The newspaper reached Gruden for comment, and he apologized while saying he did not recall writing the email in question. “I’m really sorry,” he said.

Gruden added in comments to ESPN that he felt “ashamed” and had given his players forewarning Friday that the report was coming out.

“I’m ashamed I insulted D. Smith,” Gruden told ESPN. “I never had a racial thought when I used it. … I’m embarrassed by what’s out there. I certainly never meant for it to sound that bad.”

According to the Journal, the league uncovered the email while reviewing 650,000 emails during its investigation into the Washington Football Team’s workplace culture.

It is unclear whether Gruden will face punishment from the league or the Raiders.

“The email from Jon Gruden denigrating DeMaurice Smith is appalling, abhorrent and wholly contrary to the NFL’s values,” the league said in a statement. “We condemn the statement and regret any harm that its publication may inflict on Mr. Smith or anyone else.”

Smith, who has served as the players association’s executive director since 2009, told the Wall Street Journal that it was “not the first racist comment that I’ve heard and it probably will not be the last.”

“This is a thick-skin job for someone with dark skin, just like it always has been for many people who look like me and work in corporate America,” he said. “You know people are sometimes saying things behind your back that are racist just like you see people talk and write about you using thinly coded and racist language.”

–Field Level Media

Jan 31, 2019; Atlanta, GA, USA;  NFLPA executive director DeMaurice Smith during the NFLPA press conference at the Georgia World Congress Center. Mandatory Credit: Kirby Lee-USA TODAY Sports

Reports: DeMaurice Smith could be voted out as NFLPA chief

DeMaurice Smith’s days as the NFL Players Association’s executive director could be numbered, according to multiple media outlets.

Smith, who has held the NFLPA’s top position for the past 12 years, reportedly will learn his fate Friday evening. Per numerous reports, the 32 team player representatives will vote on whether to retain Smith, who needs to receive 22 votes to continue in his role.

If he fails to get 22 votes, there would be an election in March to determine the next executive director. Smith could run in that election as long as he receives at least 16 votes in Friday’s balloting.

Smith finds himself in this position because the NFLPA’s executive committee took a vote Tuesday night, according to media reports, and he failed to receive sufficient support from the 14-member committee. A unanimous vote would have kept Smith in his position, likely on a new three-year contract, but the vote reportedly was split evenly at 7-7.

If Smith had received six votes or fewer on Tuesday, his position would have been considered “open” and the process of finding a new executive director would have commenced.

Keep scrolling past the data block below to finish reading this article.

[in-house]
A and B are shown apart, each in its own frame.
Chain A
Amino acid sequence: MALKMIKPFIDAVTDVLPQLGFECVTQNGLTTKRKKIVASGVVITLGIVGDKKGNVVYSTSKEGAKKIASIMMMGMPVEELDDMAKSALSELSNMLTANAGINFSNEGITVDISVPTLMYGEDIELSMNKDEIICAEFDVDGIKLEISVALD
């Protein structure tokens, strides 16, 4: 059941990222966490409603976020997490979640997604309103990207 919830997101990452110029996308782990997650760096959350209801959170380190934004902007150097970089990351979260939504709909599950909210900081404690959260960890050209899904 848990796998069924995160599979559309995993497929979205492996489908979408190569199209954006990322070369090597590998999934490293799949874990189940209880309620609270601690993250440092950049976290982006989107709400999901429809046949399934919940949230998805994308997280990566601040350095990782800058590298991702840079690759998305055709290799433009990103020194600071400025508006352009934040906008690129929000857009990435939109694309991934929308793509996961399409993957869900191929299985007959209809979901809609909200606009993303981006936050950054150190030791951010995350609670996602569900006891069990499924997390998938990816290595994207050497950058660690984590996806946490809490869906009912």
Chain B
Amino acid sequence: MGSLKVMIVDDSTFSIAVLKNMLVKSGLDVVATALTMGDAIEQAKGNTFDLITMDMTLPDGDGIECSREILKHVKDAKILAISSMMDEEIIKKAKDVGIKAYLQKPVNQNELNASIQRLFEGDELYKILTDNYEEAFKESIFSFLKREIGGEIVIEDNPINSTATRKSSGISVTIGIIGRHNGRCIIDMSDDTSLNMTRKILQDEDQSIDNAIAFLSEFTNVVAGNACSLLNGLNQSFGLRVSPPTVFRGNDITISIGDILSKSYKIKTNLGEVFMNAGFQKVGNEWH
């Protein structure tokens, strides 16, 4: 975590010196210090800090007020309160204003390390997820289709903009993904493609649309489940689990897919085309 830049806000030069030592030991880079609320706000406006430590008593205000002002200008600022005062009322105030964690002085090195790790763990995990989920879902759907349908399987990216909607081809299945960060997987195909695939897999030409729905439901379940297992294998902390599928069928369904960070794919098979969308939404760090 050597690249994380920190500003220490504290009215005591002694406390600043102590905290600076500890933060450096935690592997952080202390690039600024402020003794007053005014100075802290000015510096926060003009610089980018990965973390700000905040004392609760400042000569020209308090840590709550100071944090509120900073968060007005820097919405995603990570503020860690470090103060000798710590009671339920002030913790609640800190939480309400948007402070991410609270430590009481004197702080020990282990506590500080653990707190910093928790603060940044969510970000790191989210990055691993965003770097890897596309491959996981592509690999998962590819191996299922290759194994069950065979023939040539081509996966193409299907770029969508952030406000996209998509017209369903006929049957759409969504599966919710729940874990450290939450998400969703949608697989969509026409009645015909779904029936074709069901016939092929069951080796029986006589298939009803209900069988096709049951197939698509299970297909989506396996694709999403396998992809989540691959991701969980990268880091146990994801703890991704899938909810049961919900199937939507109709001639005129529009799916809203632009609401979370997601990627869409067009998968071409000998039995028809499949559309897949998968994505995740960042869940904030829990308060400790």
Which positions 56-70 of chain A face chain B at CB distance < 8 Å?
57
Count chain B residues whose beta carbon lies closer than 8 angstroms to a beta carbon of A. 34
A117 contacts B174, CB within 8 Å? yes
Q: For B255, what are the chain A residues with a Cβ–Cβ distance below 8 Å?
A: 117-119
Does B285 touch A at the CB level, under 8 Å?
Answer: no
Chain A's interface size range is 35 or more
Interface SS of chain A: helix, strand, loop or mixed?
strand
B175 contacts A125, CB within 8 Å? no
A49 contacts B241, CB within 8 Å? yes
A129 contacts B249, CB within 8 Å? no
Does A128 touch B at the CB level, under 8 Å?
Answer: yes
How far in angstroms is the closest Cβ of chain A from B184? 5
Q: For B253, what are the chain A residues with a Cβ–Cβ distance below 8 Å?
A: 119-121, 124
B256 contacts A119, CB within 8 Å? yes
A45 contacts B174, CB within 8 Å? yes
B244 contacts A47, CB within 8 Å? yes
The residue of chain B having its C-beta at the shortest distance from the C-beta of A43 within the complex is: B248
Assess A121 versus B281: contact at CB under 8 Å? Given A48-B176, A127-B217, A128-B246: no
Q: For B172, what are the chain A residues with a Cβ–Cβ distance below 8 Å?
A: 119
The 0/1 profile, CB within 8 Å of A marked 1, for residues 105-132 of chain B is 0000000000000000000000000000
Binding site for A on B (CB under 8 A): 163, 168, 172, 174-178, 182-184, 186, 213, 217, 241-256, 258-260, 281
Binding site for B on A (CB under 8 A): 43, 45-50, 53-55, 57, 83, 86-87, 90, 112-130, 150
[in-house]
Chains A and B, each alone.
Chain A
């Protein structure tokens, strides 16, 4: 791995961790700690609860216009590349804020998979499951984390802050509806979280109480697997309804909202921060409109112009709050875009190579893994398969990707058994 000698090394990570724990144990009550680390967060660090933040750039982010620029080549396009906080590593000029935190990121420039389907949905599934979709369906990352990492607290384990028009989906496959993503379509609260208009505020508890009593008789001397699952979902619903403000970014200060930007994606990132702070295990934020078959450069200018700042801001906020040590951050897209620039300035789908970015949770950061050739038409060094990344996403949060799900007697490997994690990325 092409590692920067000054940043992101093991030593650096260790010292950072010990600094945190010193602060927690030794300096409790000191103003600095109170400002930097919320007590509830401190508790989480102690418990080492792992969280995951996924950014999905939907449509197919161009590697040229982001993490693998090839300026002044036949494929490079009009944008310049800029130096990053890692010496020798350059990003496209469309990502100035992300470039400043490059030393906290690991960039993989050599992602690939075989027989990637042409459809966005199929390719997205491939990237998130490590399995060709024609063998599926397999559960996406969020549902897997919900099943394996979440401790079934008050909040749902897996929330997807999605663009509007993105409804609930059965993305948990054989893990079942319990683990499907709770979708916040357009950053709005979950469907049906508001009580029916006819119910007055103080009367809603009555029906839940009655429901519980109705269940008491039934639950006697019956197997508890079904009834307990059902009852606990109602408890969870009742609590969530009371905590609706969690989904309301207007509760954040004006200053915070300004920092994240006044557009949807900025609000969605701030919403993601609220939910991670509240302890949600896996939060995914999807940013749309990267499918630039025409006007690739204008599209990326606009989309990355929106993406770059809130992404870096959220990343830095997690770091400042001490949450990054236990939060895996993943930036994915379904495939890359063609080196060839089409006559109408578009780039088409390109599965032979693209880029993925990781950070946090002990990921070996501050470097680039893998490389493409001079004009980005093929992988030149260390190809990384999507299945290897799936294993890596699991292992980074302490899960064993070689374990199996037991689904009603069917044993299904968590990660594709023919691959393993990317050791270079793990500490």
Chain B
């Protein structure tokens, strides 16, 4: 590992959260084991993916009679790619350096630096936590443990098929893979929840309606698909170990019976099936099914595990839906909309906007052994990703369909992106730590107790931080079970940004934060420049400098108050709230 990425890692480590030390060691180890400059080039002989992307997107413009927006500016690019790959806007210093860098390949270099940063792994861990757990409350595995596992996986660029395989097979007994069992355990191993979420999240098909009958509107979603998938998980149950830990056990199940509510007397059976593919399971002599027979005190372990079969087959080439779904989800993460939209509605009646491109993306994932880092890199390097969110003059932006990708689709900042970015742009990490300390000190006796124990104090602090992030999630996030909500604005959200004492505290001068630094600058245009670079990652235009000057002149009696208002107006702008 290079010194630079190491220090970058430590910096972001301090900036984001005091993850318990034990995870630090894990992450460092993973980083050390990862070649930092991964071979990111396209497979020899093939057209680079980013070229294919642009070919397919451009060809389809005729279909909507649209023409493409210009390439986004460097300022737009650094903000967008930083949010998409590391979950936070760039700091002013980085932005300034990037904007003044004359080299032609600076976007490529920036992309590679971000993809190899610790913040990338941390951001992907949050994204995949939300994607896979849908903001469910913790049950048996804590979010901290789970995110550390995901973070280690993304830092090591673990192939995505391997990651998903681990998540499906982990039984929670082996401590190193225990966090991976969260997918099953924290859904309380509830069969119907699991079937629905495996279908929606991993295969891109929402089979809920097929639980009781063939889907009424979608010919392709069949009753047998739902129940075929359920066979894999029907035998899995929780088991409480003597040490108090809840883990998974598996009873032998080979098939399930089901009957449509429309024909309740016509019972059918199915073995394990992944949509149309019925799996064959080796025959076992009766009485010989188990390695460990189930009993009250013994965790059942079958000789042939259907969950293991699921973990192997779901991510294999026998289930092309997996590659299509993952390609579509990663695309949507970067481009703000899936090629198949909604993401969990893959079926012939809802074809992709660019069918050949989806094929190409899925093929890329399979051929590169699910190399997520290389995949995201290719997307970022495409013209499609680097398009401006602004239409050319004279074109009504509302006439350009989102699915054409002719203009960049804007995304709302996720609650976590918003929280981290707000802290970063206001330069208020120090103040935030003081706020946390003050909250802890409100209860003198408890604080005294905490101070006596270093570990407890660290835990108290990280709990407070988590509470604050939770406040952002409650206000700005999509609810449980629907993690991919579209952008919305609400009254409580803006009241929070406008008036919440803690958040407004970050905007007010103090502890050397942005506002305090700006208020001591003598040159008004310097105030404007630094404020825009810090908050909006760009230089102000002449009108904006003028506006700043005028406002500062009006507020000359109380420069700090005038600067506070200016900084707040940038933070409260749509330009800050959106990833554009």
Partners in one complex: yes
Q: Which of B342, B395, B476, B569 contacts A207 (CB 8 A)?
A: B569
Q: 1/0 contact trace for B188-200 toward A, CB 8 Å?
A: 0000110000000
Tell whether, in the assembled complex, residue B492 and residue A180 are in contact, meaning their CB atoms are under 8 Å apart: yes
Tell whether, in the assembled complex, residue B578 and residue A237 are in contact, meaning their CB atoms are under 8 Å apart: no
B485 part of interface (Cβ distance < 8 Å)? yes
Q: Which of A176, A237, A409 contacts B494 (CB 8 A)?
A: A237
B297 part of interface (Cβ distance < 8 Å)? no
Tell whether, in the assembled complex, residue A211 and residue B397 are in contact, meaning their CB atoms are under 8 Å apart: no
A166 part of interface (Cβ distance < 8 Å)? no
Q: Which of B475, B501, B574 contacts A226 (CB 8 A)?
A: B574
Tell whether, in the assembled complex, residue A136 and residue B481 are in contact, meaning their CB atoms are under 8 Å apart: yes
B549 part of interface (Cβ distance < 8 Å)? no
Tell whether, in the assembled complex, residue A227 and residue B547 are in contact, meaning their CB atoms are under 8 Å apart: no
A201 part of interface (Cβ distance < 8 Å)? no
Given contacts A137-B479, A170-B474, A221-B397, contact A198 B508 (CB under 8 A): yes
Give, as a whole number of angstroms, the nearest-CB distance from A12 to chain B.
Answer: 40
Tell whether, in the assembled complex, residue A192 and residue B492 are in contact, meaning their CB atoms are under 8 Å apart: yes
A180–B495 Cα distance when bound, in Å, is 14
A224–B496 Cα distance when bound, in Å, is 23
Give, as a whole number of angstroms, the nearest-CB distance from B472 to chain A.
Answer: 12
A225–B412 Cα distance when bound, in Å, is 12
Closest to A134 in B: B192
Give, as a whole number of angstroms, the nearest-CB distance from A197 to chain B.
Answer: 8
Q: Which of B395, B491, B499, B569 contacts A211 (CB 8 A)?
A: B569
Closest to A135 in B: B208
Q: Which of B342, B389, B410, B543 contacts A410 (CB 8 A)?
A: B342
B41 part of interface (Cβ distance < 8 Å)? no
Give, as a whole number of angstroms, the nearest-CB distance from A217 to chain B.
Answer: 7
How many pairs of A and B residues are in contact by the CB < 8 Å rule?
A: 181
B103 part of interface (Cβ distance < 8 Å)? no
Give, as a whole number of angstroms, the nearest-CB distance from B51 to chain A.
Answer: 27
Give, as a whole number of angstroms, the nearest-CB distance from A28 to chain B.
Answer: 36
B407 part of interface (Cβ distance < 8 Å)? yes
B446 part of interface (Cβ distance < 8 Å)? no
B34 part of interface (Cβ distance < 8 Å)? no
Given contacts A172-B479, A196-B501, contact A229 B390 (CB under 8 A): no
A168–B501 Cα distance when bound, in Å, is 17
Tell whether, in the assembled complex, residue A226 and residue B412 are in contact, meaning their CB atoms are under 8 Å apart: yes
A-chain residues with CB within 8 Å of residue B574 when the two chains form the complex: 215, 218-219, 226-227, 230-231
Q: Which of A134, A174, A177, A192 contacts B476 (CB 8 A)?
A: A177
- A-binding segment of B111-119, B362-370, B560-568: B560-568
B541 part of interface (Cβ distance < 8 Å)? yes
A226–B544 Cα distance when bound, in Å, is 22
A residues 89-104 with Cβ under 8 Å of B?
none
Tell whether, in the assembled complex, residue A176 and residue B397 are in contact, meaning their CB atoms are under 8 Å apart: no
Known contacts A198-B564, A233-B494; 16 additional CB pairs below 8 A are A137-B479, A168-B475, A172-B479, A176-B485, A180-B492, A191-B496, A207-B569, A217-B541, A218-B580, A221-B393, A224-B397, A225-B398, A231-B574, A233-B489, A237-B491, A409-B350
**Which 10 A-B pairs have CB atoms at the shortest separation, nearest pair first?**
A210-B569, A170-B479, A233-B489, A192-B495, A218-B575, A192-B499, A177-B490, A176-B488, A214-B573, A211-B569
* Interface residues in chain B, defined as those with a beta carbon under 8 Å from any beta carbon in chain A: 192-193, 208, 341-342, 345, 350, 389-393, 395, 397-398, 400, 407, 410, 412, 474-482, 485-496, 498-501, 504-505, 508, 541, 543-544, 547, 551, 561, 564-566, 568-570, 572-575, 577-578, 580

Smith and the union were criticized by some players during the most recent round of collective bargaining agreement negotiations. The current CBA, which will be in place through 2030, was finalized on March 8, 2020, right before sports began to shut down because of the pandemic.

–Field Level Media

Feb 4, 2020; Tampa, FL, USA; NFL commissioner Roger Goodell, NFLPA executive director DeMaurice Smith and Tampa Bay Buccaneers owner Malcolm Glazer speak before Super Bowl LV between the Kansas City Chiefs and the Tampa Bay Buccaneers at Raymond James Stadium. Mandatory Credit: Matthew Emmons-USA TODAY Sports

NFLPA head backs players skipping voluntary workouts

NFLPA head DeMaurice Smith says the union is siding with players who are opting to skip voluntary workouts this offseason.

Players from nearly half of the league’s teams have announced they won’t attend voluntary offseason workouts, a right the union has fought for, which Smith pointed out in an interview on ESPN’s “SportsCenter” on Saturday.

“We’ve known for years that this is a voluntary workout where a lot of coaches put their finger on the scale and, while they call it voluntary, they expect players to show up,” said Smith.

“I think that what you’re seeing now is, for the first time, players exercising their voice … to say ‘no.’ And frankly it’s probably one of the few times that coaches have ever heard players say ‘no.’ And for some players, it’s probably the first time they’ve said ‘no’ to their coach.”

The league released its official, universal plan for teams with the offseason beginning officially on Monday with Phase I, which lasts four weeks and prohibits on-field work with coaches.

Players from several teams, including the Super Bowl champion Tampa Bay Buccaneers, New England Patriots and Denver Broncos, issued statements in the past two days detailing their plans to skip voluntary workouts.

One point of contention for players is likely to be on-field organized team activities (OTAs), which remain in the offseason plan despite opposition from the NFLPA.

Smith points to last year’s fully virtual program as evidence that skipping voluntary workouts makes sense.

“This is a negotiated, bargained for, voluntary offseason workout where if someone came to you or me and said, ‘I have a way of cutting concussions by 30 percent and I know a way to decrease missed time to injuries by 23 percent,’ I would think that almost everyone would wholeheartedly embrace that whether it was voluntary or not.”

He also noted that the union has no objection to players who do show up.

“I think it’s important for players to make their own decisions, not only as professionals, not only as a way of taking ownership of their own healthcare, but making their own decision as a man,” said Smith.

Training camps are expected to begin the last week of July.

–Field Level Media

Feb 4, 2021; Tampa, FL, USA; NFLPA executive director DeMaurice Smith speaks during a press conference ahead of Super Bowl LV, Thursday, Feb. 4, 2021 in Tampa, Fla. Mandatory Credit: Perry Knotts/Handout Photo via USA TODAY Sports